Few employees that participate in an employer-sponsored 401(k) plan question whether the plan is paying excessive fees to the funds it offers as investment options. We often just assume the plan, and the employer, are leveraging the buying power of the large amount of assets held in the plan to secure the lowest possible fees for the participants. But this may or may not be true. One theory advanced in several cases so far is that when the 401(k) plan offers “retail” class mutual funds, rather than “institutional” class funds available at a lower cost, the plan fiduciaries are not meeting their fiduciary obligations. See, e.g., Loomis v. Exelon Corp., No. 10-1755 (7th Cir. Sept. 6, 2011).
The crux of the participants’ argument is that where a plan can use its size to negotiate lower fees, or where the same fund is available in both a lower-fee “institutional” class and a higher-fee “retail” class, the fund should opt for the lower cost alternative. The Court of Appeals for the Seventh Circuit, though, has disagreed with this rationale several times now. See, e.g., Hecker v. Deere & Co., 556 F.3d 575 (7th Cir. 2009). The court, however, reasoned that the employer, Exelon in this case, met its obligation because it provided an array of investment options to participants, some with lower fees.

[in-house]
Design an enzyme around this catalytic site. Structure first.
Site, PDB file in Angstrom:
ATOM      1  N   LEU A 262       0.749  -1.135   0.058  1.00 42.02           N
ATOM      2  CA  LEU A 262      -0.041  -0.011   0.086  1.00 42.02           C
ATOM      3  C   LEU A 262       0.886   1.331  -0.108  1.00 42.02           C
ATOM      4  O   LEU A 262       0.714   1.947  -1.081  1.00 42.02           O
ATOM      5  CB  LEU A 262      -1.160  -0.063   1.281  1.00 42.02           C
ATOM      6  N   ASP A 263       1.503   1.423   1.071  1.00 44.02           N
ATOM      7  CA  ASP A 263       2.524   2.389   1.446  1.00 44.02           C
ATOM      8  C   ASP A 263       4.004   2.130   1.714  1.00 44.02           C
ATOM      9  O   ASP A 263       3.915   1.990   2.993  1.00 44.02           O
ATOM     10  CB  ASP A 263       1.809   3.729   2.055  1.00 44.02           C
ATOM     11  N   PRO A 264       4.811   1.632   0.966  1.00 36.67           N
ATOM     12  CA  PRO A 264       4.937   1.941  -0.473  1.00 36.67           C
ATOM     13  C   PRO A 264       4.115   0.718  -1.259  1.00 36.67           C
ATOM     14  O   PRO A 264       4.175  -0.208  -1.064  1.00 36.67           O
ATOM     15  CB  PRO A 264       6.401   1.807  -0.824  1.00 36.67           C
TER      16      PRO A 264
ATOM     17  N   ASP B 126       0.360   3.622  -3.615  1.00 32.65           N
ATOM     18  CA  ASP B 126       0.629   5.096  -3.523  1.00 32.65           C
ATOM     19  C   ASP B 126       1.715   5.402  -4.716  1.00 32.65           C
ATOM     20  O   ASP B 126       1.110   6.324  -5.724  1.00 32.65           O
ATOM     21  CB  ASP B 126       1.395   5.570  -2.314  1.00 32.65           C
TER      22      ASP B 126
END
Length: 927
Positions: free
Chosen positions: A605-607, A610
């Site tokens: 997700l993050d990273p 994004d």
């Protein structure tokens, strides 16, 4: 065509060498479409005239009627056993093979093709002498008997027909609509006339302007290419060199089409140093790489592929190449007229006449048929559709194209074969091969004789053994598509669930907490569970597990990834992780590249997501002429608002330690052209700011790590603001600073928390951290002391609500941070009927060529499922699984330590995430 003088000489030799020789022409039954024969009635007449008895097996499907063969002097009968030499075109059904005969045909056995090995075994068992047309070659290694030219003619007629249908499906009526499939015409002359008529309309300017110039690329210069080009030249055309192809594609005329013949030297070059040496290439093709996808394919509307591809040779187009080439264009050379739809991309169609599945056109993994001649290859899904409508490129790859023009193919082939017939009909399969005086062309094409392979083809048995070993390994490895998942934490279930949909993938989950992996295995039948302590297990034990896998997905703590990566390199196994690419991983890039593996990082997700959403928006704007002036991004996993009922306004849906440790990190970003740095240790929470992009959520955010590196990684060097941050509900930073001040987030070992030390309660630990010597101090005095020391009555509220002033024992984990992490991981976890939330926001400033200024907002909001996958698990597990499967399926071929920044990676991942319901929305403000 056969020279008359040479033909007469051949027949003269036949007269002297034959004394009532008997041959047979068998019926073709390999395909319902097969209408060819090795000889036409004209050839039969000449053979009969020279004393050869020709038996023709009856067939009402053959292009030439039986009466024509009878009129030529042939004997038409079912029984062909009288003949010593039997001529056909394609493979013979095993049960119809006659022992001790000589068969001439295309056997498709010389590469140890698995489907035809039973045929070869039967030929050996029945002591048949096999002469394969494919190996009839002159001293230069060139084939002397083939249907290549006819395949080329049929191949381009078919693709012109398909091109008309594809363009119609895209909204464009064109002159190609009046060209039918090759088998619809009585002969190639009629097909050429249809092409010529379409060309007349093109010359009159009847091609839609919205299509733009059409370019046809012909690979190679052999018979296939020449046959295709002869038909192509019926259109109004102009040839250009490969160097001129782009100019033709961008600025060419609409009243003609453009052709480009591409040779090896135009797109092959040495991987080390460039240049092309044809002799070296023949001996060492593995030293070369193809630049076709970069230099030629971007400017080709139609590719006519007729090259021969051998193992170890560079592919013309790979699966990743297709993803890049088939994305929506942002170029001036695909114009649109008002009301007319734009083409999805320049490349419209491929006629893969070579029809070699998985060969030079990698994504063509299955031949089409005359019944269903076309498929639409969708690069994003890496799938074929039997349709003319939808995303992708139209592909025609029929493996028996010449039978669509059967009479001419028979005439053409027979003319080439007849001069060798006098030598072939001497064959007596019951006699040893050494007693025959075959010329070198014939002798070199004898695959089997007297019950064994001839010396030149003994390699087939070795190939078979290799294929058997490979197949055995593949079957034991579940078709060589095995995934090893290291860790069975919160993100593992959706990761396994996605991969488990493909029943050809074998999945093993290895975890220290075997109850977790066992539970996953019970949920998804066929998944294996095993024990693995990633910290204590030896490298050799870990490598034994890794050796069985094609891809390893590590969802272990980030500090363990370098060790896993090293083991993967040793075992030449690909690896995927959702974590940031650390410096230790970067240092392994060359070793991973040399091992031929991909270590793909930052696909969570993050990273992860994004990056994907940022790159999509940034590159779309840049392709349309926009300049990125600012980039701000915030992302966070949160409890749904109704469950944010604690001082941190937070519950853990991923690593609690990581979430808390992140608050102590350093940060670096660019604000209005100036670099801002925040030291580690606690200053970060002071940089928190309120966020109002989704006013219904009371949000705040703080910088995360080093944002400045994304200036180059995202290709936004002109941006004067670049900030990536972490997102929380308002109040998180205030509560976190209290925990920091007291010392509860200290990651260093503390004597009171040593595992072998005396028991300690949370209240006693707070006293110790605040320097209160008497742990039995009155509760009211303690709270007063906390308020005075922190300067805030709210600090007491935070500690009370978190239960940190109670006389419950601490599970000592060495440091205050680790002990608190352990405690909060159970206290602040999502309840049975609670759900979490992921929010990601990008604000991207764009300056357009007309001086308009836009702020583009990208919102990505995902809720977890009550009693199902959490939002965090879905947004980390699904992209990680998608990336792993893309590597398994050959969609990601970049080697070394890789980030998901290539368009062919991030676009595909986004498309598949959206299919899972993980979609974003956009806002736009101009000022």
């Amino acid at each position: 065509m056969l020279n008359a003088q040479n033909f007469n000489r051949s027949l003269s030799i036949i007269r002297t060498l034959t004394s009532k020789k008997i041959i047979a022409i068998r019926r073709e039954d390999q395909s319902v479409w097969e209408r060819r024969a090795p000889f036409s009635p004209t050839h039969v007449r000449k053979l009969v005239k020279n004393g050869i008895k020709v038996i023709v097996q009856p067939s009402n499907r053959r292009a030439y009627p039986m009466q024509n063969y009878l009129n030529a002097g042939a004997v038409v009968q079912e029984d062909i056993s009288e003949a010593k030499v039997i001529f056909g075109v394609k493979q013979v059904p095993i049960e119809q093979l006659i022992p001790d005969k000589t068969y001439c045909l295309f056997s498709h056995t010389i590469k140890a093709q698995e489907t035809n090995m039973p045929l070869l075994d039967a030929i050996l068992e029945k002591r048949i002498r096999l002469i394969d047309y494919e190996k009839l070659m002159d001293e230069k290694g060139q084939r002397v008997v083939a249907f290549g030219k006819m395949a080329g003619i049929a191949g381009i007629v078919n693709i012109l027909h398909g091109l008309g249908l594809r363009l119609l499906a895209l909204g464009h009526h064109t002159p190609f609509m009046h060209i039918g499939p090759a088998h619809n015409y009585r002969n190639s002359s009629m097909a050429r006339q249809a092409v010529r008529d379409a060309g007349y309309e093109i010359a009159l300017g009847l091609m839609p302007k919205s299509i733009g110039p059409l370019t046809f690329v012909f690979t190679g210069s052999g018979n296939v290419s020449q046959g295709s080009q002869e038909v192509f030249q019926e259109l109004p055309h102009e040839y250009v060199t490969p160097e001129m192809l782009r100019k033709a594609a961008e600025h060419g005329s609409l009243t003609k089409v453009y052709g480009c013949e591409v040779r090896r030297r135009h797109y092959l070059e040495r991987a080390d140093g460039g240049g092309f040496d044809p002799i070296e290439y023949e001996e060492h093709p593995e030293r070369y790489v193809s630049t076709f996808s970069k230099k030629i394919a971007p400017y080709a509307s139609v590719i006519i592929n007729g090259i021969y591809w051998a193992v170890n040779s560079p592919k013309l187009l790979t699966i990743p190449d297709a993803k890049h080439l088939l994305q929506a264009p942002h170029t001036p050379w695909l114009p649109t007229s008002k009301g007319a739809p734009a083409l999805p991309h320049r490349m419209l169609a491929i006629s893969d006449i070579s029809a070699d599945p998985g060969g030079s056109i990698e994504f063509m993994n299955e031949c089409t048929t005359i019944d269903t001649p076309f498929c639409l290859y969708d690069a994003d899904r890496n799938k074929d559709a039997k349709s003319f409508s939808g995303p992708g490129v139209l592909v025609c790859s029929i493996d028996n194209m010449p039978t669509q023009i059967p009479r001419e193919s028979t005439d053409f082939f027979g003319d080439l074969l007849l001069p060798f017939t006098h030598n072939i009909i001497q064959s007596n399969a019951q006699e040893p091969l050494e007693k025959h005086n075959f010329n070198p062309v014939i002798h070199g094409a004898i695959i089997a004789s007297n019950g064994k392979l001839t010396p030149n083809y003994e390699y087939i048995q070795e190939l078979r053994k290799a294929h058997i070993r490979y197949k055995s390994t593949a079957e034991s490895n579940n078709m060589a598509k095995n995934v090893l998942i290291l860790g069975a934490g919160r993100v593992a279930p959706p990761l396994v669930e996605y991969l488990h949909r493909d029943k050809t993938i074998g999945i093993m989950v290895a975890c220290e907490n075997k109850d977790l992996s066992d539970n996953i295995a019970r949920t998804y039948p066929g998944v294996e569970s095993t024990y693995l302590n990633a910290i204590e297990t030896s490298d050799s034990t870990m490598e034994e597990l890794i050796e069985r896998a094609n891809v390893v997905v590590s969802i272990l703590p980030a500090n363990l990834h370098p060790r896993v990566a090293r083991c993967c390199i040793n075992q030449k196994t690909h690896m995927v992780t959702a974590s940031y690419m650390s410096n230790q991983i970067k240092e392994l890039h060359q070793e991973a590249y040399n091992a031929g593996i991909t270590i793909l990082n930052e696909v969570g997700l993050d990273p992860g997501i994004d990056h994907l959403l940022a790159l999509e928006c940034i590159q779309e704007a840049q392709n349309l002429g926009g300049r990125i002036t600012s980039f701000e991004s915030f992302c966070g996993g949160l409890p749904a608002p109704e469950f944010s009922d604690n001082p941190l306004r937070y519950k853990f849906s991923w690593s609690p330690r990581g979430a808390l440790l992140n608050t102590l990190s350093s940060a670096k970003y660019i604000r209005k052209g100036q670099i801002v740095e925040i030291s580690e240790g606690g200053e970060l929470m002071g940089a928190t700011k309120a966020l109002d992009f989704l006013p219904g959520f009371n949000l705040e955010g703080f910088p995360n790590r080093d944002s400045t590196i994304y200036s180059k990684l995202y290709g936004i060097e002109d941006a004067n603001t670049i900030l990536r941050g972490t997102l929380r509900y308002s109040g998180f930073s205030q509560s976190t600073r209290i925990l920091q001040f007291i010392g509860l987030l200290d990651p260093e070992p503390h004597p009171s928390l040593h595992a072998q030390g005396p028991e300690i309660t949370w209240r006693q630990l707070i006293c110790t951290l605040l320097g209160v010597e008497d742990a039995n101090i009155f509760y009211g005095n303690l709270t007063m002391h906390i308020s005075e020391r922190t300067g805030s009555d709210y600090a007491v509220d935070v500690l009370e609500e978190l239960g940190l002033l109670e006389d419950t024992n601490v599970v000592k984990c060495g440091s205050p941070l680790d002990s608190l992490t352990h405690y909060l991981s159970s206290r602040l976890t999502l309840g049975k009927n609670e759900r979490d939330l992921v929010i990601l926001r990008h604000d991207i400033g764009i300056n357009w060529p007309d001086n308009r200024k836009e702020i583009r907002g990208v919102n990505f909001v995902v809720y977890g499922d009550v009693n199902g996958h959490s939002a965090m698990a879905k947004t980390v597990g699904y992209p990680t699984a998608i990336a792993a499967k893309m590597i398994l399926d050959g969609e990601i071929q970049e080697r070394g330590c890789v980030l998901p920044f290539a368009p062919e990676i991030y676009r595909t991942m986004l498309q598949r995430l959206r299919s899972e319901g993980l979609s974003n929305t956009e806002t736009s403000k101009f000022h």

The flaw I see in both the court’s reasoning, and the manner in which the participants presented the argument, is that it does not address the overall shift in attitude about plan expenses as the predominant plan type shifted from traditional pension plans to the modern 401(k) plans. In a defined benefit pension plan, participants were promised a certain benefit, and any plan expenses necessarily drove up the employer’s cost. The employers therefore were very savvy about paying plan expenses, using the plan’s size to leverage the best deals possible. But as we have shifted to the 401(k) being the predominant type of retirement plan, the participants and not the employer bear many of those expenses, such as fund and management fees. Are the employers really using the same level of diligence to defray expenses as they did when the expenses came from their own pockets?